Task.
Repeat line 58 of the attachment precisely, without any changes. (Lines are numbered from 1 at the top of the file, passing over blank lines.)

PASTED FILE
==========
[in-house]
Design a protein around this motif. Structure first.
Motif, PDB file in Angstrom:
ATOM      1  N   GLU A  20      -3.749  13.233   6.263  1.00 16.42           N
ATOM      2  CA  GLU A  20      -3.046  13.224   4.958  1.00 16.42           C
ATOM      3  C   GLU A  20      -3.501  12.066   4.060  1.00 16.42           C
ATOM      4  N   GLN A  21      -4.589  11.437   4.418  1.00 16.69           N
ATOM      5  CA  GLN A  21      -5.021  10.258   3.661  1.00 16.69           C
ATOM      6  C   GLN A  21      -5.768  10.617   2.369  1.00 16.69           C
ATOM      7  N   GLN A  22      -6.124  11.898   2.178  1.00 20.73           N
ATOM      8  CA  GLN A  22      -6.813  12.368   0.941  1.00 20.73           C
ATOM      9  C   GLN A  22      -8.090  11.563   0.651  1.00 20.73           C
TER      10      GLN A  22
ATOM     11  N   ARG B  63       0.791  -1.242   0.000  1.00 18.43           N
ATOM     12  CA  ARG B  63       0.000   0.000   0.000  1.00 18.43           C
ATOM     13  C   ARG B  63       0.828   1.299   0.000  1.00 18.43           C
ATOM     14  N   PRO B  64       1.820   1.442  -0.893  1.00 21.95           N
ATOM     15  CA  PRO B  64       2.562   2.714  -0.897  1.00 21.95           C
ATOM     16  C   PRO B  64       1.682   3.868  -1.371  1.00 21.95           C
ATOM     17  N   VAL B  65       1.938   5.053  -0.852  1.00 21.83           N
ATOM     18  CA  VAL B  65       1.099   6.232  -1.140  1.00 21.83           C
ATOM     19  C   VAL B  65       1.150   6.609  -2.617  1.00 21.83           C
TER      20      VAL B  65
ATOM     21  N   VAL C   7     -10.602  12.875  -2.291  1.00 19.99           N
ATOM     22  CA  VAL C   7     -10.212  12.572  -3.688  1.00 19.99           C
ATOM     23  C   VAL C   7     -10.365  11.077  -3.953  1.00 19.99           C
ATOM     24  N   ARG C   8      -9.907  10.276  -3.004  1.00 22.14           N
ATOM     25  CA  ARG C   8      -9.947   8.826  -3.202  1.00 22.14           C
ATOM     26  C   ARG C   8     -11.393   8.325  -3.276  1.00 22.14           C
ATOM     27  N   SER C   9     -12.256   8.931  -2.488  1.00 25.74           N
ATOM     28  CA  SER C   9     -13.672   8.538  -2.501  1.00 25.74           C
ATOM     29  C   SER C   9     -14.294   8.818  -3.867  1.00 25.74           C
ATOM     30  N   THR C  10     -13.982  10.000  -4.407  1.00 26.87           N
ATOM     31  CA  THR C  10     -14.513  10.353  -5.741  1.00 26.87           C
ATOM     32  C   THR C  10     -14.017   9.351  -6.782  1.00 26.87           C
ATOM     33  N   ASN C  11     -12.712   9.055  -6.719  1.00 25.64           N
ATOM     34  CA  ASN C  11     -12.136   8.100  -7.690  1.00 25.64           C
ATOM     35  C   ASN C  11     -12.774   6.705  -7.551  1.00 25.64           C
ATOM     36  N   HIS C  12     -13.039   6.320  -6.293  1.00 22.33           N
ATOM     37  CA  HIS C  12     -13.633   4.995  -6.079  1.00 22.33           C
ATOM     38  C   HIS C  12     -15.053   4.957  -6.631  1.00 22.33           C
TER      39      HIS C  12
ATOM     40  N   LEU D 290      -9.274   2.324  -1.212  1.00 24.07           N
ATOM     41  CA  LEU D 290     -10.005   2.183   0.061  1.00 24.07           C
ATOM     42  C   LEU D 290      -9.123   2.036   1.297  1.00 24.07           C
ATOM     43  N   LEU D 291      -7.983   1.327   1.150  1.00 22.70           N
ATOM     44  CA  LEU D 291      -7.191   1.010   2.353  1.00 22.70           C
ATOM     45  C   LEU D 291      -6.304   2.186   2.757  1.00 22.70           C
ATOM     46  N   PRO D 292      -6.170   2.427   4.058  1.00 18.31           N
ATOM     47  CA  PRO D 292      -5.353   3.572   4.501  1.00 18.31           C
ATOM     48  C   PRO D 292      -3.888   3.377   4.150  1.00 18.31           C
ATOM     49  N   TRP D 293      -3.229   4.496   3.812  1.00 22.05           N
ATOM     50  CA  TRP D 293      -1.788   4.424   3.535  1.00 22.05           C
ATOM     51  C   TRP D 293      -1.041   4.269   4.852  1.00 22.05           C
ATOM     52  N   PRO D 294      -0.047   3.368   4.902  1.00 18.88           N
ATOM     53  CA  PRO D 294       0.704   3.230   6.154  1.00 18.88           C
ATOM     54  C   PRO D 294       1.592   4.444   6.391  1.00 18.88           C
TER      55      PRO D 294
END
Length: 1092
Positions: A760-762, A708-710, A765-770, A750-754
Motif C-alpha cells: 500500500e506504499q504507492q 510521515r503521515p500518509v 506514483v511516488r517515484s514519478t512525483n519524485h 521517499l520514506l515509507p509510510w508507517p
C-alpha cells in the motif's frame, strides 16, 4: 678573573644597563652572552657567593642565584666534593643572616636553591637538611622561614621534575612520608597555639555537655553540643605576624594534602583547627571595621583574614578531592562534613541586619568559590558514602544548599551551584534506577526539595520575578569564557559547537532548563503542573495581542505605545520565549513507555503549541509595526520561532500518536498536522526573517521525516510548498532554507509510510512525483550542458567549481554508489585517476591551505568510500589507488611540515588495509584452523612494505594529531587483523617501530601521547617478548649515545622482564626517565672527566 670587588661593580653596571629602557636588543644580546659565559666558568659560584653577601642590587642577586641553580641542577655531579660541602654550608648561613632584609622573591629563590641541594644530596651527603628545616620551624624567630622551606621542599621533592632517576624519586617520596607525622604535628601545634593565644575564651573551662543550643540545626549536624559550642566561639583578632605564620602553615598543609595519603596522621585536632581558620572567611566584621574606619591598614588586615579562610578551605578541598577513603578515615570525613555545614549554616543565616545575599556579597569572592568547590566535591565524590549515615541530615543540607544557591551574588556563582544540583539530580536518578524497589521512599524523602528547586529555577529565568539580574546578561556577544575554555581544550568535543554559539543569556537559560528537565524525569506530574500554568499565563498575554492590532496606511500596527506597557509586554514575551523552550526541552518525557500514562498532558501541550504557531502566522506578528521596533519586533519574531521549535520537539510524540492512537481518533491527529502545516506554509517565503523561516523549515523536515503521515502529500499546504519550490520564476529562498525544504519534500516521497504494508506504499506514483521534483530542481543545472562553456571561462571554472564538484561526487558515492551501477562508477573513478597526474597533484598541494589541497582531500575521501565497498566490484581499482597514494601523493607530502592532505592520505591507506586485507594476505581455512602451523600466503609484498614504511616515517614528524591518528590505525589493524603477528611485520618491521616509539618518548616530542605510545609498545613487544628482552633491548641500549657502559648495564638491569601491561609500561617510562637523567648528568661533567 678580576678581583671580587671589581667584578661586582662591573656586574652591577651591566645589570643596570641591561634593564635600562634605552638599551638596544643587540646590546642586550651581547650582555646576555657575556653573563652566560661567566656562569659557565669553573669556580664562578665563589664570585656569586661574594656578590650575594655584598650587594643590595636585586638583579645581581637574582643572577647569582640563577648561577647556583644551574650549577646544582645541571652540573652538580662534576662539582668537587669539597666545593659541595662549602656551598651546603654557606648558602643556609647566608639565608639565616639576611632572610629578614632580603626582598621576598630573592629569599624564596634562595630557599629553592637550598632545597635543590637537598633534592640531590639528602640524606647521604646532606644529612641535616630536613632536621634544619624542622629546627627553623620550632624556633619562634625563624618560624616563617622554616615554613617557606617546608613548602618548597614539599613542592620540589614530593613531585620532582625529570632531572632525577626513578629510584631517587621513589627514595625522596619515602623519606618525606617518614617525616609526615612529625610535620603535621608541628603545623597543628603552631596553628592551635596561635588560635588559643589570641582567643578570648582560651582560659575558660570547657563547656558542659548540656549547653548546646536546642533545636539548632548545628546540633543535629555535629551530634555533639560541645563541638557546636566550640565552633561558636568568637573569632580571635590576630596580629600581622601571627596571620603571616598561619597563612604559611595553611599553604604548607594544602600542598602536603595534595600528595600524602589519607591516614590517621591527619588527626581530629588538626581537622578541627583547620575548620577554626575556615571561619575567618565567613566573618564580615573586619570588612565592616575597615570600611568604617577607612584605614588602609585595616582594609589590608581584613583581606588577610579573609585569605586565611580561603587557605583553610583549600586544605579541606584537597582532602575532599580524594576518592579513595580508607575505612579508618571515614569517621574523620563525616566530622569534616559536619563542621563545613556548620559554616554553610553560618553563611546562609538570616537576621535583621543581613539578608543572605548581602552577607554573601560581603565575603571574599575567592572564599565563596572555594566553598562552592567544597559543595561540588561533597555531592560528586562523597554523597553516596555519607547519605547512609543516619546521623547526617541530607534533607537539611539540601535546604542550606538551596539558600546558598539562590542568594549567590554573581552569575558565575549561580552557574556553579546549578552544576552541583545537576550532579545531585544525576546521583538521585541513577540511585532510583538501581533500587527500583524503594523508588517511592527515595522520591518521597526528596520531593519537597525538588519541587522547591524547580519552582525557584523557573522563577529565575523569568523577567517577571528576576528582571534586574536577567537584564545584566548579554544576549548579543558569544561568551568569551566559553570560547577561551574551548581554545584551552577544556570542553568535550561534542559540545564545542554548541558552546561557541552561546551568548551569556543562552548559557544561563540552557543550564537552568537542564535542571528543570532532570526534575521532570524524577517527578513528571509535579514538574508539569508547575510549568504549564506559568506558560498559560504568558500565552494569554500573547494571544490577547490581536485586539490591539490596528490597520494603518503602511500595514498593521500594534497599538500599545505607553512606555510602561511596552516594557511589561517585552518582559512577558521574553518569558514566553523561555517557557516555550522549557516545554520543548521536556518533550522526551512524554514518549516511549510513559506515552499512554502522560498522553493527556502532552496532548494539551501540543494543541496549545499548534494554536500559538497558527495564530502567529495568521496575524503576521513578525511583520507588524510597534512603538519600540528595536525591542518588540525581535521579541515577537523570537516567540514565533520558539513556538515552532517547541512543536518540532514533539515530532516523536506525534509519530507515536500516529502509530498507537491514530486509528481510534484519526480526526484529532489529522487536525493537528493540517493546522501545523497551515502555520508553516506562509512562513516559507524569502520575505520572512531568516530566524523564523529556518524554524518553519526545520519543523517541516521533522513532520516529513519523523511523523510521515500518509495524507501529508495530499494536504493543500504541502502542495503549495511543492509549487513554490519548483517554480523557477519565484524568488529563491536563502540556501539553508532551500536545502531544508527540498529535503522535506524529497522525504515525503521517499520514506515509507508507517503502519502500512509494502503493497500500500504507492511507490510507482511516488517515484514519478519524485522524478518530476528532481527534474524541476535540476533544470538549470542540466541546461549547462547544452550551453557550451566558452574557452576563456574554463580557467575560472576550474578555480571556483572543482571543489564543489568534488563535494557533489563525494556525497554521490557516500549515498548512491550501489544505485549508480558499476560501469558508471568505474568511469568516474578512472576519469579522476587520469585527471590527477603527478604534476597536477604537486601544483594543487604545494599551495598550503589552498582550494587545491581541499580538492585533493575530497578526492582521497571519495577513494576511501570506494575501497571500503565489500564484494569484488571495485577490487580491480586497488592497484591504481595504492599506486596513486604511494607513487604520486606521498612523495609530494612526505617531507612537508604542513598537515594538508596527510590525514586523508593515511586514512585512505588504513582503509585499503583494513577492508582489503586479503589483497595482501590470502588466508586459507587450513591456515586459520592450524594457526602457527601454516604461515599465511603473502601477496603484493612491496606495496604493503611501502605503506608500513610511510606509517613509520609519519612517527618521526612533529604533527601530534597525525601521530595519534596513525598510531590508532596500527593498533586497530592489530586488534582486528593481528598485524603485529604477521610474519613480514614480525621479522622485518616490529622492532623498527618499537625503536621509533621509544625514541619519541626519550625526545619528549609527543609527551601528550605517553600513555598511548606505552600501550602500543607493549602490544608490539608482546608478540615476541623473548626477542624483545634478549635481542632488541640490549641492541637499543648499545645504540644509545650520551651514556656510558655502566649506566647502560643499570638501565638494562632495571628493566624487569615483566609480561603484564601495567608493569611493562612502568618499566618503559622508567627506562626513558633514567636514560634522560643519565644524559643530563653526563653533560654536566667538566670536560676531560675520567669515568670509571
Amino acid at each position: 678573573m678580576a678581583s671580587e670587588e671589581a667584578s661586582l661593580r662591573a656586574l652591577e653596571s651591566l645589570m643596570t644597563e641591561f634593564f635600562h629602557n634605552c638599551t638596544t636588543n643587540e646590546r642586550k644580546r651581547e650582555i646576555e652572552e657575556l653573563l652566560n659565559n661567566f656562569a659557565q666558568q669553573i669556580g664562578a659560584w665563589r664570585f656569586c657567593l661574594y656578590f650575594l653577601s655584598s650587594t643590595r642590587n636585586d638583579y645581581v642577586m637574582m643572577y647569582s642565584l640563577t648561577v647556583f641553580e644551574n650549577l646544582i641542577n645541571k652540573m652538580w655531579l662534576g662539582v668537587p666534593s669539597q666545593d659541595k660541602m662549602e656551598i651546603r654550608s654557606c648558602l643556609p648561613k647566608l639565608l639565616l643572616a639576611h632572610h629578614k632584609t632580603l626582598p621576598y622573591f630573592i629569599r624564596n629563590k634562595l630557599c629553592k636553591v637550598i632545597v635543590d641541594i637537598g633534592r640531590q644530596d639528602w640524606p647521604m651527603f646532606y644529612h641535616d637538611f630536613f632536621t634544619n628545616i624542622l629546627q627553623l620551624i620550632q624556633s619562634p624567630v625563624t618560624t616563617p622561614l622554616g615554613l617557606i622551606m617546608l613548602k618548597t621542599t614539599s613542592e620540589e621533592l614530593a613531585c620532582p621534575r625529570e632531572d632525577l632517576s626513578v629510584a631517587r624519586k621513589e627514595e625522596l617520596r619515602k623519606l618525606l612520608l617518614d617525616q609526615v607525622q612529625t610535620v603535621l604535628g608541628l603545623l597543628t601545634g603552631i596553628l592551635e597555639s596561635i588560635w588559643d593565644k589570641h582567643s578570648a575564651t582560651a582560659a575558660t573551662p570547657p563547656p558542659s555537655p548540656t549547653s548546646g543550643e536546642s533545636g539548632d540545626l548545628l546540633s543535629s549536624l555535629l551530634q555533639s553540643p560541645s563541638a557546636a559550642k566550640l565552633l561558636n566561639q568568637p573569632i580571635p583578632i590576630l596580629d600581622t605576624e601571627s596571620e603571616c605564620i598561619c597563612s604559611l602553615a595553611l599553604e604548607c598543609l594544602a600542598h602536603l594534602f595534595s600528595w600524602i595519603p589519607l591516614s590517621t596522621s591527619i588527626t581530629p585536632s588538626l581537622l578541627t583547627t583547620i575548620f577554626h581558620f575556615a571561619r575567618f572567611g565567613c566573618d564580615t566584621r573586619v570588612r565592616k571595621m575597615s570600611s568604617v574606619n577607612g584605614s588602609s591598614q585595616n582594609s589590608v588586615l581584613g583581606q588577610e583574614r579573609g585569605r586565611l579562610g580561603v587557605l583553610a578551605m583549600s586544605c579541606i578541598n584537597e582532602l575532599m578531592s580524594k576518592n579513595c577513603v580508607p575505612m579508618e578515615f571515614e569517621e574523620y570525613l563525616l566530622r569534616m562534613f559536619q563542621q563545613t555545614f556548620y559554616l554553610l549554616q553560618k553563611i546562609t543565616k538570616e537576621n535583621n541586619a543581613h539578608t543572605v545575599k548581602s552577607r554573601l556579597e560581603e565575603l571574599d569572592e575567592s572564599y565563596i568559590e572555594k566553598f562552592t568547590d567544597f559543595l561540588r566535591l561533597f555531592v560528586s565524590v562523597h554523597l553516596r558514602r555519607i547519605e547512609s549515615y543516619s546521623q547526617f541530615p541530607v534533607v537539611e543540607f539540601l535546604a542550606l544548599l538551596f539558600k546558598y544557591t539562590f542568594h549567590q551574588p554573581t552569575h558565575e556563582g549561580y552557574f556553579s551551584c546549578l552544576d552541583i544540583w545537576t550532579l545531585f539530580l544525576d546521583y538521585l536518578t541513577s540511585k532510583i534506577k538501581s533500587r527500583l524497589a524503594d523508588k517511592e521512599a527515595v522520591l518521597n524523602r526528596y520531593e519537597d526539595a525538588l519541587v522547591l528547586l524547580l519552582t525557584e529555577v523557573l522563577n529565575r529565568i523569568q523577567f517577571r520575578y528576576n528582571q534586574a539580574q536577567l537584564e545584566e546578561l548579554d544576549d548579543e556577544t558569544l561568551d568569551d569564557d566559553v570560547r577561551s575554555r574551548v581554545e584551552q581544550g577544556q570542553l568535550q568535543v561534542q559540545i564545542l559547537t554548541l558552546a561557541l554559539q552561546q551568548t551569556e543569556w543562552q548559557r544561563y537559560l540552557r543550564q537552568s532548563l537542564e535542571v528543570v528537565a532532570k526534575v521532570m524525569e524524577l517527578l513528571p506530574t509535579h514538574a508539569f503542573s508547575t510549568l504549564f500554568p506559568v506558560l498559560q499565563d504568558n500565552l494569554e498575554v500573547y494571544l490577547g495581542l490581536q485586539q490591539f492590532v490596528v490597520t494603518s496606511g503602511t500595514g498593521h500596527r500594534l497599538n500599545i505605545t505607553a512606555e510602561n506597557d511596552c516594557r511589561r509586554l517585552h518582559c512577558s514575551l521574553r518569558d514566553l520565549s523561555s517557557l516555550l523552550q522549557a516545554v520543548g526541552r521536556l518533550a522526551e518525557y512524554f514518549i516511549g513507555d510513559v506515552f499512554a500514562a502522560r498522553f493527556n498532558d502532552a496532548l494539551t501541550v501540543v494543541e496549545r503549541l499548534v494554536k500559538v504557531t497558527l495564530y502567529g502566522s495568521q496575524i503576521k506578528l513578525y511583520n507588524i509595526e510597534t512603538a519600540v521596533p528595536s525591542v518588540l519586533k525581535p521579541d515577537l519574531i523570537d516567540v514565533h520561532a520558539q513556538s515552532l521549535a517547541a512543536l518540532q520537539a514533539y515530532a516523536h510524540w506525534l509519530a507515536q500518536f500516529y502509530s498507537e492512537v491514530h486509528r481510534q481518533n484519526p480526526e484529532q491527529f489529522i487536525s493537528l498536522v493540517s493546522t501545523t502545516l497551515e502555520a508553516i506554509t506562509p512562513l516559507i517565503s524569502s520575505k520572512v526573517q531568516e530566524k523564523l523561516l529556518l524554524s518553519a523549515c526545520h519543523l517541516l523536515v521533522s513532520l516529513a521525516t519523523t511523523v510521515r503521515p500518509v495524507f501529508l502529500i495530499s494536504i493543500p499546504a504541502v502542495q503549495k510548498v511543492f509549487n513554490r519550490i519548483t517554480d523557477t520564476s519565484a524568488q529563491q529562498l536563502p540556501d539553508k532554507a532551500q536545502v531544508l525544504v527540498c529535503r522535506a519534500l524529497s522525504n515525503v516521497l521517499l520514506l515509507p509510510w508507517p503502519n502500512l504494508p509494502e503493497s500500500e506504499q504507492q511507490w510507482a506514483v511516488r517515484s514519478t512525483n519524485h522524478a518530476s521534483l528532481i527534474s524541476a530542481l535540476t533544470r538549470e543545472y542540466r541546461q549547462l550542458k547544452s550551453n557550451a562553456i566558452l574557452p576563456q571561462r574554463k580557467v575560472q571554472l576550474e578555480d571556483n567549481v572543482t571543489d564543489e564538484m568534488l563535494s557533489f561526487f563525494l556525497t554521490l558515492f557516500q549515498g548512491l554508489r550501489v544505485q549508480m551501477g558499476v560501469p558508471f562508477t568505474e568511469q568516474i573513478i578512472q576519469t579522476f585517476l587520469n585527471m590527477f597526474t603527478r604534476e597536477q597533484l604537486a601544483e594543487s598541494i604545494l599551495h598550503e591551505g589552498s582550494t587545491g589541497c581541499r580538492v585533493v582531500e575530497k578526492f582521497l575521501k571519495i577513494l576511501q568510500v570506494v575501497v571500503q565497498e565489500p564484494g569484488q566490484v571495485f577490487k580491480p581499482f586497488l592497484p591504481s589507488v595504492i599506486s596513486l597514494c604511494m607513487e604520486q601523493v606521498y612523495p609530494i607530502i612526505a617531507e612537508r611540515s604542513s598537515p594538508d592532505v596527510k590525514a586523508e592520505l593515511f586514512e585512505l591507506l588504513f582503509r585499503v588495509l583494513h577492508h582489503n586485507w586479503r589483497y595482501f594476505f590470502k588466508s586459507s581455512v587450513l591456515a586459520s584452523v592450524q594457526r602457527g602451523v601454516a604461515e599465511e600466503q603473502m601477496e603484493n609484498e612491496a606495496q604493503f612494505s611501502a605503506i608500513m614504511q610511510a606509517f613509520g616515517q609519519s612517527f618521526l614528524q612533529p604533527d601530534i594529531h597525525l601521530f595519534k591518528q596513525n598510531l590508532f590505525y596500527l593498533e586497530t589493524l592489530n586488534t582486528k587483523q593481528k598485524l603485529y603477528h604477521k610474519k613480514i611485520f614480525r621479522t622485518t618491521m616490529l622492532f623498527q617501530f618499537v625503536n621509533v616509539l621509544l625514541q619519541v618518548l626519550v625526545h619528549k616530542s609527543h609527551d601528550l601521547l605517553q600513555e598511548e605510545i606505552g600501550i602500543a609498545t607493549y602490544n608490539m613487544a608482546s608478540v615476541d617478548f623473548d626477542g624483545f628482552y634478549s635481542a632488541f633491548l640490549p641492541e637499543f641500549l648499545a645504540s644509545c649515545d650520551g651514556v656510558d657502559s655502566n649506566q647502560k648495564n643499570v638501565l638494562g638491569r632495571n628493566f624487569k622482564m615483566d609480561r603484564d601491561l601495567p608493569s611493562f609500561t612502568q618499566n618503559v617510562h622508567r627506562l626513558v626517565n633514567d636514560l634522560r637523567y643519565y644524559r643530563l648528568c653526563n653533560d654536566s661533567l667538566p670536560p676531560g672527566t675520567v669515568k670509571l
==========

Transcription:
TER      55      PRO D 294